January 22, 2006 marks the 33rd year of legal abortion in America. Abortion law in America is often misunderstood. Organizations that promote abortion frequently misrepresent current law by inferring that abortion is only legal in the first three months of pregnancy. However, in America, abortion is totally legal throughout the entire pregnancy for any reason, as decided by Roe v. Wade and Doe v. Bolton in 1973.
Changes on the High Court
This past year has seen the opening of two positions on the U.S. Supreme Court. Pro-Life President George W. Bush has had the opportunity to change the face of the Court. Chief Justice John Roberts—a strict constructionist—was sworn in October 2005, and the Senate is still deliberating over Judge Samuel Alito (also a strict constructionist). Strict constructionist judges are vitally important because they strictly interpret the constitution without legislating from the bench. Abortion—and the Roe v. Wade decision in particular—will be the main issue on which the Senate will focus while reviewing Supreme Court nominees. Pro-abortion organizations and liberal politicians are voicing their concerns that Roe v. Wade will be overturned if Judge Alito and other Bush nominees are confirmed. However, even if Roe v. Wade were overturned, abortion would not be banned. The pro-abortion Center for Reproductive Rights explained, “A Supreme Court decision overturning Roe v. Wade would not by itself make abortion illegal in the United States. Instead, a reversal would remove federal constitutional protection for a woman’s right to choose and give the states the power to set abortion policy.”
Some commentators have also been stating that the Supreme Court has been divided 5-4 on Roe v. Wade. However, this, too, is a misrepresentation. While six of the current justices support reaffirming the 1973 Roe v. Wade ruling, the justices are divided 5-4 on the issue of partial-birth abortion. In 2003, President Bush signed into law a federal ban on partial-birth abortion, but enforcement of the ban has been blocked by litigation in the lower courts (which is again headed back to the Supreme Court). The President’s nominees may very well cast the deciding vote to determine whether this brutal abortion method will remain legal.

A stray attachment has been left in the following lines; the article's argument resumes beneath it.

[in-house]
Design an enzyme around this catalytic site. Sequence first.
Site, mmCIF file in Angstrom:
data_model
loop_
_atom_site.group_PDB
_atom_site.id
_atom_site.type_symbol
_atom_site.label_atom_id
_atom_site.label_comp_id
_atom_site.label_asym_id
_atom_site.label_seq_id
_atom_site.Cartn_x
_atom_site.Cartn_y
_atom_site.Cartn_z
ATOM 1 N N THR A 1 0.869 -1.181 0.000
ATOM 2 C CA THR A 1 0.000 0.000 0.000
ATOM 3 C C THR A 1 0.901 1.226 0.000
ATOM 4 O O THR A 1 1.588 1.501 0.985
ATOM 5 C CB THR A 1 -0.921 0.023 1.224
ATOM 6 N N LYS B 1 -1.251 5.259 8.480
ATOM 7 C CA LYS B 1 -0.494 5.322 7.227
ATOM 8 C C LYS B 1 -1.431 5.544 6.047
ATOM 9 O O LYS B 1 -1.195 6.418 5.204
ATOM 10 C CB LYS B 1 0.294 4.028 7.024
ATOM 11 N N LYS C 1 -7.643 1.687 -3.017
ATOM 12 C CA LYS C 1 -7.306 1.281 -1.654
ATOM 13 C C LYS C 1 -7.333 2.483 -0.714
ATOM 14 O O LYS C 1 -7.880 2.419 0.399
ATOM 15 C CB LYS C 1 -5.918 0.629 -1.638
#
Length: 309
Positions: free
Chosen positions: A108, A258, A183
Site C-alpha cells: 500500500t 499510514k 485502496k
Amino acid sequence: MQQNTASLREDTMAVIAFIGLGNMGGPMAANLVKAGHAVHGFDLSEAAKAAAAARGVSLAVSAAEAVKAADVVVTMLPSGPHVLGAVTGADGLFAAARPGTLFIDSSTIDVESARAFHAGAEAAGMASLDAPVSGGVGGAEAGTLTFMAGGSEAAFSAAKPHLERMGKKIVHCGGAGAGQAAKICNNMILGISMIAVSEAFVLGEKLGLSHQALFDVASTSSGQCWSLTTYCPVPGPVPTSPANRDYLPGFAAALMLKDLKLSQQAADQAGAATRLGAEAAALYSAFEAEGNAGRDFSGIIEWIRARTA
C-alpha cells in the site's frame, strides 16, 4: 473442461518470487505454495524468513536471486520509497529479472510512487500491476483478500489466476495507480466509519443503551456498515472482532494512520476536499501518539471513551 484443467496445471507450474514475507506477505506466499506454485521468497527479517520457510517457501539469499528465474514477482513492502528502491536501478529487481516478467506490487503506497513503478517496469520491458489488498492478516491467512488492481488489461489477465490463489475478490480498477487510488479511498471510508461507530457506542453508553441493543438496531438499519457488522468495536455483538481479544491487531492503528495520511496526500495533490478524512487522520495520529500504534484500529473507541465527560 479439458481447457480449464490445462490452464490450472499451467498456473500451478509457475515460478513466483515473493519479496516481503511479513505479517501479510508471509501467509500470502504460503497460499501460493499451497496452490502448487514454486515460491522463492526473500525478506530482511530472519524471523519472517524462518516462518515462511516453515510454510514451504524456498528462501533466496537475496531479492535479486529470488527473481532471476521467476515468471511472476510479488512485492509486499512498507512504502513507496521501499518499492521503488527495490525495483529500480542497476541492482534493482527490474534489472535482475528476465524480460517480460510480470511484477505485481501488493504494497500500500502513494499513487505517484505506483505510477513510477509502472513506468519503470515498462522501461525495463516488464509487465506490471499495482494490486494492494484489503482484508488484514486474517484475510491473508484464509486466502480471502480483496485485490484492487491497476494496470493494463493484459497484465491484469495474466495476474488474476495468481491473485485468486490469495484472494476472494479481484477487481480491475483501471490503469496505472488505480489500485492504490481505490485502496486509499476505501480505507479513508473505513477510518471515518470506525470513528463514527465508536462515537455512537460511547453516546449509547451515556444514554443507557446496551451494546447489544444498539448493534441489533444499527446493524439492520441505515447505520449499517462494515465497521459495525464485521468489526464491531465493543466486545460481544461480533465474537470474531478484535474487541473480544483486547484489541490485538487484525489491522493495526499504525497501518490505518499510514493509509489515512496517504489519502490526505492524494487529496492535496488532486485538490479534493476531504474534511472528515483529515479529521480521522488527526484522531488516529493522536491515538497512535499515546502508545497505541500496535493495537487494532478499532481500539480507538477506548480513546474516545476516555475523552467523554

Current U.S. Supreme Court Abortion Case
Until November of 2005, the U.S. Supreme Court had not heard an abortion-related court case in over five years. The high court is considering arguments from Ayotte v. Planned Parenthood, a case regarding the constitutionality of a Parental Notice Law in New Hampshire. This law would require an abortion clinic or abortion provider to notify the parent of a minor girl 48 hours prior to her undergoing the procedure. Pro-abortion advocates have been arguing that the law is unconstitutional because there is no exception for the health of the minor. The court must determine whether the law can stand as constitutional without the health exception.
Opinions on Abortion
Polls have consistently found that the American public favors incremental legislation limiting abortion. A November 2005 Gallup poll revealed that 54% of Americans oppose either all abortions or all but “the exceptions” (in cases of rape, incest, and to prevent the death of the mother). This poll also showed that 69% of Americans support Parental Involvement laws, while just 28% oppose them. If states continue to pass legislation such as Parental Involvement, Woman’s Right to Know, and Partial-Birth Abortion bans, then the number of abortions in our country will continue to decrease, and the society’s acceptance of this vile procedure will decline.
Help Ensure Pro-Life Success
You too can help to ensure that this coming year is our most successful yet.
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